escape vs. scape

Gloria Anzaldua

New Member
Spanish
Hello guys,

Could anyone be so kind as to tell me whether there is a significant difference between using scape or escape (both as a noun and verb)?

Thank you!

Gloria
 
  • Logos_

    Senior Member
    English - America
    In contemporary speech, scape is usually only heard in the phrase "scape goat." It is a shorter form of the word escape, or, in the case of scape goat, escaped. You will sometimes come across it in old books and poetry. Escape is the word to use in today's language.

    Scape also has some technical meanings in botany and entomology, but I think this is not really germane.
     

    Chez

    Senior Member
    English English
    There is no connection between the two words, except in antiquated English where 'scape (note the apostrophe) was sometimes used to mean 'escape' – presumably indicating the way the verb was pronounced.

    In fact, 'scape' hardly exists as a word at all. It is sometimes used (poetically) as a shortened form of 'landscape' or 'seascape',meaning 'view of the land or sea'.
     

    Myridon

    Senior Member
    English - US
    In contemporary speech, scape is usually only heard in the phrase "scape goat."
    According to etymonline, the "scape" in "scapegoat" was borrowed by Tyndale from "landscape" whose "-scape" is related to "-ship". We get "escape" whole from Latin. They aren't related.
     

    Logos_

    Senior Member
    English - America
    According to etymonline, the "scape" in "scapegoat" was borrowed by Tyndale from "landscape" whose "-scape" is related to "-ship". We get "escape" whole from Latin. They aren't related.
    OED: "mid 16th century: from archaic scape ‘escape’ + goat."

    The scapegoat is allowed to escape into the wilderness, carrying with it the sins of the community. The notion of escape is the whole point. Etymonline is entirely correct but they have a bad link to the wrong sense of scape. It's a simple error.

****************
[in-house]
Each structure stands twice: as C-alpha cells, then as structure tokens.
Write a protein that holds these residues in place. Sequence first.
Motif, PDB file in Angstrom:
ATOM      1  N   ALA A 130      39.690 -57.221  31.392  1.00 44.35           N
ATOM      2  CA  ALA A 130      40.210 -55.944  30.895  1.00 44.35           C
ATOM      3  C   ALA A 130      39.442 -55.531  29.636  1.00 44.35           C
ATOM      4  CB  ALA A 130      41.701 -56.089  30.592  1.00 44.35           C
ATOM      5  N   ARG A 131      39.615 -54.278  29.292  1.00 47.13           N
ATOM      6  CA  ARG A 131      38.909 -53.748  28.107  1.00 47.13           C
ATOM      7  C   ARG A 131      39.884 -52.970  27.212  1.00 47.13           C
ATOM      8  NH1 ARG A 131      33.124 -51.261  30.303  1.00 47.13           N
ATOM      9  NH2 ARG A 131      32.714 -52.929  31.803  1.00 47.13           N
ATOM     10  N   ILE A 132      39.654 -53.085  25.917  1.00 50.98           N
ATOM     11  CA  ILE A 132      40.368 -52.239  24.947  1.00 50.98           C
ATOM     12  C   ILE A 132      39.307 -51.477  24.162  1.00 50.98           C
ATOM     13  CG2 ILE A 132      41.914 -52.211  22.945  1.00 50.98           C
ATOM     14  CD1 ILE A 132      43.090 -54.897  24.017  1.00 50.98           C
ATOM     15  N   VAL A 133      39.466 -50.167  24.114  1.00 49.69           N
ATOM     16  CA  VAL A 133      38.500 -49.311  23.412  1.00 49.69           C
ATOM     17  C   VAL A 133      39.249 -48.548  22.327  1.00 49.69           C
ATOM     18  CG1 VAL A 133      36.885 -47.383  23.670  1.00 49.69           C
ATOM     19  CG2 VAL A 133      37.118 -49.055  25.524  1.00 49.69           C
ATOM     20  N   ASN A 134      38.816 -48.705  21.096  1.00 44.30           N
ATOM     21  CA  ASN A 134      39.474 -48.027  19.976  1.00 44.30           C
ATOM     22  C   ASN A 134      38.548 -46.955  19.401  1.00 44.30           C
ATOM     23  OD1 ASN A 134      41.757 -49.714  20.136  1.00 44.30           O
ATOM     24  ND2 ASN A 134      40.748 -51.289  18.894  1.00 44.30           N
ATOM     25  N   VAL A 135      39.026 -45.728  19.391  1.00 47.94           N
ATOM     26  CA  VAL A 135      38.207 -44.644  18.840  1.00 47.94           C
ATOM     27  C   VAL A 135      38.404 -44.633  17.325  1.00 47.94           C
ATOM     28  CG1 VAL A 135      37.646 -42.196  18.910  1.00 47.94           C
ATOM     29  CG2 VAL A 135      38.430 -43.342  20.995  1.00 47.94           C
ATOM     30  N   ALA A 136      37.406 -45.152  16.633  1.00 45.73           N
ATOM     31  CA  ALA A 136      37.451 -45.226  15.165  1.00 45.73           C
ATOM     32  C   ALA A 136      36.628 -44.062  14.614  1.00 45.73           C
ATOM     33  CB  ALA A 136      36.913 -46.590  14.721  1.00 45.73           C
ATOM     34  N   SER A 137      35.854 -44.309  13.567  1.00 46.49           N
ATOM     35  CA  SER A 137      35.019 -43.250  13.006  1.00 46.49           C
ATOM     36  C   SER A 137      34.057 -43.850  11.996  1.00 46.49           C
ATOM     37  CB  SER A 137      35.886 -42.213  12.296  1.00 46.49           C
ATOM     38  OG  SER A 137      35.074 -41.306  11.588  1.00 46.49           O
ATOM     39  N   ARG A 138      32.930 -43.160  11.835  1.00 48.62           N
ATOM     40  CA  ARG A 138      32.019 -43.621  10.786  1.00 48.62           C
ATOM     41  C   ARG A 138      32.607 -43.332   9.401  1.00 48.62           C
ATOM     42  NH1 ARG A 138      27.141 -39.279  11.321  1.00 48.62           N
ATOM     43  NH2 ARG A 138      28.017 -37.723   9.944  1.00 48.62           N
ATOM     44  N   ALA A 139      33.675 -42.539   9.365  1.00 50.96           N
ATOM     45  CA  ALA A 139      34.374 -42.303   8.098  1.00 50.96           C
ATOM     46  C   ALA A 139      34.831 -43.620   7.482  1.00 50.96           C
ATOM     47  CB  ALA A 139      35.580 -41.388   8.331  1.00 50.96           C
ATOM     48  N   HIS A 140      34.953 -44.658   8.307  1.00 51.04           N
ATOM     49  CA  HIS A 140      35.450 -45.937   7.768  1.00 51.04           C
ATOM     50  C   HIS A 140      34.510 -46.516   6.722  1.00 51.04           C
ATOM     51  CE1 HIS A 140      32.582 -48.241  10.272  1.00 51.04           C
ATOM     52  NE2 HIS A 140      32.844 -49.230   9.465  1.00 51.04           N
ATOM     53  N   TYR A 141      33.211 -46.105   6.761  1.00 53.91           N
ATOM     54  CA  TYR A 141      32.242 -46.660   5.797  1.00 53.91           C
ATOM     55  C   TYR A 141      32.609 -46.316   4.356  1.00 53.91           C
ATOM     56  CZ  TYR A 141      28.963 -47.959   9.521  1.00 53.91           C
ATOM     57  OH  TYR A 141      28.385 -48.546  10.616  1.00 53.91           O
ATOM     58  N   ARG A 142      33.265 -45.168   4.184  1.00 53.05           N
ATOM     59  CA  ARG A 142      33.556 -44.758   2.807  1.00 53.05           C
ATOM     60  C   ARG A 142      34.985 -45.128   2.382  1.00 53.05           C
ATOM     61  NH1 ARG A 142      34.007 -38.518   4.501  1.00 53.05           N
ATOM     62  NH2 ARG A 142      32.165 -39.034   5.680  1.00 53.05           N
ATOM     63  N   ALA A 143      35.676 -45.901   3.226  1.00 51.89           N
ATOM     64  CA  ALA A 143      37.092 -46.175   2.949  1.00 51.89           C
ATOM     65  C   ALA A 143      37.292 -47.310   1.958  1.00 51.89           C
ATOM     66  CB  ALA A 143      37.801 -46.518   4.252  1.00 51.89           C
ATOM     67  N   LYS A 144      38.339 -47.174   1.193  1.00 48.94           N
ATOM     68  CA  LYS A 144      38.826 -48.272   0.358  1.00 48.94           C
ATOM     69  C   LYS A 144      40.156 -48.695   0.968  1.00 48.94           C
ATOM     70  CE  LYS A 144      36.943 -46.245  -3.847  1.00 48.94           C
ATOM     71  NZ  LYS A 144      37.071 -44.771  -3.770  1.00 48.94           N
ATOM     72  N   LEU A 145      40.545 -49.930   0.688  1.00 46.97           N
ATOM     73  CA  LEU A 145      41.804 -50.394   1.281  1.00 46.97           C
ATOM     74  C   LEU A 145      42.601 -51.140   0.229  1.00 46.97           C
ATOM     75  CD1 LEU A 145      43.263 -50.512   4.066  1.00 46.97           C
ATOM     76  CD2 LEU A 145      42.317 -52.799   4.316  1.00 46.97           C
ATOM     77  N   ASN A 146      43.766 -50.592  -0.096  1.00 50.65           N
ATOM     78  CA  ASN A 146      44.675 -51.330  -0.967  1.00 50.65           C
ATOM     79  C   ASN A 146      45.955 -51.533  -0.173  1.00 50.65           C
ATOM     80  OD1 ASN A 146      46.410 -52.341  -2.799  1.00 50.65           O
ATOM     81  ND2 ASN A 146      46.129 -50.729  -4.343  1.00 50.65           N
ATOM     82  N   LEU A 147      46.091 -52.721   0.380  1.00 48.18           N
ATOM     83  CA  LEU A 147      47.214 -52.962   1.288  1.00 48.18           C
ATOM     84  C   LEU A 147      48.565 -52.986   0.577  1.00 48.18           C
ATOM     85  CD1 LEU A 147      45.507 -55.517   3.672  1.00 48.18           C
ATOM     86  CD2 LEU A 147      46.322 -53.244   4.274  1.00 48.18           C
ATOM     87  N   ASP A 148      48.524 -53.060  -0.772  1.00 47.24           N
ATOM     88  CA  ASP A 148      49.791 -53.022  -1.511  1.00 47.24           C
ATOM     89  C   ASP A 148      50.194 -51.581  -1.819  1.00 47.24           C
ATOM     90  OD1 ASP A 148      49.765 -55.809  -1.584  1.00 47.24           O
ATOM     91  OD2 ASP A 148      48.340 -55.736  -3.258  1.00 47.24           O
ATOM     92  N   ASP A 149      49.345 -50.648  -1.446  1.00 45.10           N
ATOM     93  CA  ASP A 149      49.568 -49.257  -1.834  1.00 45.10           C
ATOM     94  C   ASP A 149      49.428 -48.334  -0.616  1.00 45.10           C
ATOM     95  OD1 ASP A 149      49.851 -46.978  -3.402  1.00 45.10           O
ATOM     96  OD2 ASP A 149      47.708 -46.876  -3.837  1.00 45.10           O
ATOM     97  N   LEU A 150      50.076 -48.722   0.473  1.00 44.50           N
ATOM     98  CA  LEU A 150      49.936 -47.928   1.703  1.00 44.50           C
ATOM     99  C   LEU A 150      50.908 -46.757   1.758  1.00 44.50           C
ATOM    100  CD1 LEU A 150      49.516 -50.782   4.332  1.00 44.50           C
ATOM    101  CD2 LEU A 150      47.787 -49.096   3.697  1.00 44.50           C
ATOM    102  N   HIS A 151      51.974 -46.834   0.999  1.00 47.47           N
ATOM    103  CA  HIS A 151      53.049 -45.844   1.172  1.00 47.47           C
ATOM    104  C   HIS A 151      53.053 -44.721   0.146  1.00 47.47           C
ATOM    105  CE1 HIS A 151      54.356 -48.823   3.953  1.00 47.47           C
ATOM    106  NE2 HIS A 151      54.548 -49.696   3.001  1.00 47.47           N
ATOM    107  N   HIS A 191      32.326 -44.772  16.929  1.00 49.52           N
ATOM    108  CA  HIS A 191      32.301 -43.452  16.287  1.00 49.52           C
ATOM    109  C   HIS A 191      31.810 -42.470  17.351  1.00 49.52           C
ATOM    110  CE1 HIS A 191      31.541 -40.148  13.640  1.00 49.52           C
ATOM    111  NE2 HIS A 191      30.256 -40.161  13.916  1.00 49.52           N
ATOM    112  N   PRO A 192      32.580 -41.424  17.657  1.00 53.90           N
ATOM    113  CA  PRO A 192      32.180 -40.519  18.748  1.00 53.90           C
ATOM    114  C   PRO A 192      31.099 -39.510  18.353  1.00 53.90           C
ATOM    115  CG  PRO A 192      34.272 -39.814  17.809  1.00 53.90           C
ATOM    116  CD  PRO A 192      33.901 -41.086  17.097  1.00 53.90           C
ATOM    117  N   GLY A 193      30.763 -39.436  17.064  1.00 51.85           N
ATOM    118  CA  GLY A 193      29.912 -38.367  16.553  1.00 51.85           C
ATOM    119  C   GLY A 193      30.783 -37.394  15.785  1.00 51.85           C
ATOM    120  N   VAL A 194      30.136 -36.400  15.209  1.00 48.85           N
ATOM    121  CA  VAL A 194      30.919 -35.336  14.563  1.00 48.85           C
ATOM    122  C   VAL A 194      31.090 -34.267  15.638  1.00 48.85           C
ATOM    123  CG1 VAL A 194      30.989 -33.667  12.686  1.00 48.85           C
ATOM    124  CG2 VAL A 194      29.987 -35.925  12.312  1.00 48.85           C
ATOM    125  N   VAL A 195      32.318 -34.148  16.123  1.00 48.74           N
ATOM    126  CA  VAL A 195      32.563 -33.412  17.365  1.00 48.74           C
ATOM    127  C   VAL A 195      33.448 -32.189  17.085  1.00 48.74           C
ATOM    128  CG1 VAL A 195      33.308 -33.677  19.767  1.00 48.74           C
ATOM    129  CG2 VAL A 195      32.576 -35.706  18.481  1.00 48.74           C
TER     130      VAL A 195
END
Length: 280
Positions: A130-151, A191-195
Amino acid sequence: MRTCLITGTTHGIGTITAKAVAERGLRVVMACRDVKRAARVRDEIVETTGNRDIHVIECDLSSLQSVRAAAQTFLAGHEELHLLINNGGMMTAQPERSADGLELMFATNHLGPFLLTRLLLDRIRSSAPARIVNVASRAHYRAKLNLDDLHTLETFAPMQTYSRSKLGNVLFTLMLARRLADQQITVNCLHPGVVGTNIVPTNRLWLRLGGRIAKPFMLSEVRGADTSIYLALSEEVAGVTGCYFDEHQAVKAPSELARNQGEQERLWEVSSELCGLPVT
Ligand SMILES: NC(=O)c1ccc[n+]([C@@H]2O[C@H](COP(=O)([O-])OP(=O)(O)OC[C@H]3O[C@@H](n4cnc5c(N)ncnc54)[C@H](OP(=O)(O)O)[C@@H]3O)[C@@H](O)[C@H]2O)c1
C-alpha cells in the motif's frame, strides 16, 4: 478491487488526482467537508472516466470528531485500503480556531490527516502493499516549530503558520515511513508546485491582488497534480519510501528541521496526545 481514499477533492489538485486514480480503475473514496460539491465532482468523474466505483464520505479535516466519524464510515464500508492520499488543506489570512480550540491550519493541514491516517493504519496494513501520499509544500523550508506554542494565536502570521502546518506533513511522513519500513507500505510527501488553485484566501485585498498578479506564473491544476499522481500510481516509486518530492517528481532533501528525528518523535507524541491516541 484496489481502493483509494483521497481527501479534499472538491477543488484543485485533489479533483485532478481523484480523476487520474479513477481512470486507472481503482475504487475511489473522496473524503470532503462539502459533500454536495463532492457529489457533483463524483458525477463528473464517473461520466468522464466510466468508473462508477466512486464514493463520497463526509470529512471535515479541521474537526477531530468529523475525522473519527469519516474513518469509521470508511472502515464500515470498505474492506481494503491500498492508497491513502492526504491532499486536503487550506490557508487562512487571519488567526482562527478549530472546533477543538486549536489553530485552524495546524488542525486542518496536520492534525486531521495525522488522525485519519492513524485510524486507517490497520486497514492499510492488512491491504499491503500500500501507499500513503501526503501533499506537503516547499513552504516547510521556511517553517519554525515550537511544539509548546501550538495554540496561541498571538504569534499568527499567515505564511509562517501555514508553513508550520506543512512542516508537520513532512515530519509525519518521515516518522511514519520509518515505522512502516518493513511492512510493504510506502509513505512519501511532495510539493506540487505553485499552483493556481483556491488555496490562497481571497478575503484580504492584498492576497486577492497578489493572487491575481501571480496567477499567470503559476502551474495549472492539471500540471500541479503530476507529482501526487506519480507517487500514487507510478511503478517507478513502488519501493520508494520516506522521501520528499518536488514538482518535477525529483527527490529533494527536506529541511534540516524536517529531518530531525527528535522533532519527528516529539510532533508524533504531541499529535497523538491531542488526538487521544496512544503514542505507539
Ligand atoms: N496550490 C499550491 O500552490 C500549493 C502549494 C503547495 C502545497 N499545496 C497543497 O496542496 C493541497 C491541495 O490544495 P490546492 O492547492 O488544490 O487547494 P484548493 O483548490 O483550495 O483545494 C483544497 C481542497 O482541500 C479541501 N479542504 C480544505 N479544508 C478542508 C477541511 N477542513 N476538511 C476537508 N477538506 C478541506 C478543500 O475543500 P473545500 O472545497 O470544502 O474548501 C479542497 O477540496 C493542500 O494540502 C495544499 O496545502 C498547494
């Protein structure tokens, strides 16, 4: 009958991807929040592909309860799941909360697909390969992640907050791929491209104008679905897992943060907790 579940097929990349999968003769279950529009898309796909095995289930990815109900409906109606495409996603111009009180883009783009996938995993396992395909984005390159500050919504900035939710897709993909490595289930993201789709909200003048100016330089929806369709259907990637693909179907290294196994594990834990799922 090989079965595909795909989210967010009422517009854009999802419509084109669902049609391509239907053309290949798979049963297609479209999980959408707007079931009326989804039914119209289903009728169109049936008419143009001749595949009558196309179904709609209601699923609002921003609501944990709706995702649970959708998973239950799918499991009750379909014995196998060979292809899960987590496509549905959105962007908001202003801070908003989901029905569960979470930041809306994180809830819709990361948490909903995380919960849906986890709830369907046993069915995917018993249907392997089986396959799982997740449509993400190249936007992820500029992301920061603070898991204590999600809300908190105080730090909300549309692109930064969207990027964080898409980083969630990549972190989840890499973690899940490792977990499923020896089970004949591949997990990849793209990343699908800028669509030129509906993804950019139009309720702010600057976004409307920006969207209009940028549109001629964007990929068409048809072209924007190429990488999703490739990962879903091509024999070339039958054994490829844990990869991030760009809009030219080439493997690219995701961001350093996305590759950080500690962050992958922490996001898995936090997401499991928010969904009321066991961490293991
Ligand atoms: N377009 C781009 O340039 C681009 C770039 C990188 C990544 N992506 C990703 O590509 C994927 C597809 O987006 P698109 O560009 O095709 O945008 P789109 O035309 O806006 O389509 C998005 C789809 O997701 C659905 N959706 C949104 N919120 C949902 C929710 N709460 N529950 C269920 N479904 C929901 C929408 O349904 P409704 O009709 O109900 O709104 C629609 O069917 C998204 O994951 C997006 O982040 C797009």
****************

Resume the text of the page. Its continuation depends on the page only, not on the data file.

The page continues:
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    Logos_

    Senior Member
    English - America
    And furthermore from Merriam-Webster: The English scapegoat is a compound of the archaic verb scape, which means "escape," and goat, and is modeled on a misreading of the Hebrew ʽazāzēl (which is probably the name of a demon) as ʽēz 'ōzēl , "the goat that departs." More modern translations render scapegoat in this text as Azazel, but the misreading endured and has entered the lexicon.
     

    PaulQ

    Senior Member
    UK
    English - England
    Could anyone be so kind as to tell me whether there is a significant difference between using scape or escape (both as a noun and verb)?
    In what context did you find "scape" and what was the source?
    Currently, "scape" is obsolete.
     

    ain'ttranslationfun?

    Senior Member
    US English
    As Chez noted, "xxxscape" refers to a genre, or rather the subect, of a painting; in addition to the meaning of "scapegoat" noted above, it has come to mean "someone on whom the blame for something is laid, often unfairly", and a "scapegrace" is a reprobate; and "'scape" as a verb is probably best known in the quotation from Hamlet "Use every man after his deserts, and who'd 'scape a whipping?" (note the use of the apostrophe) - but Shakespeare wrote a while ago.
     
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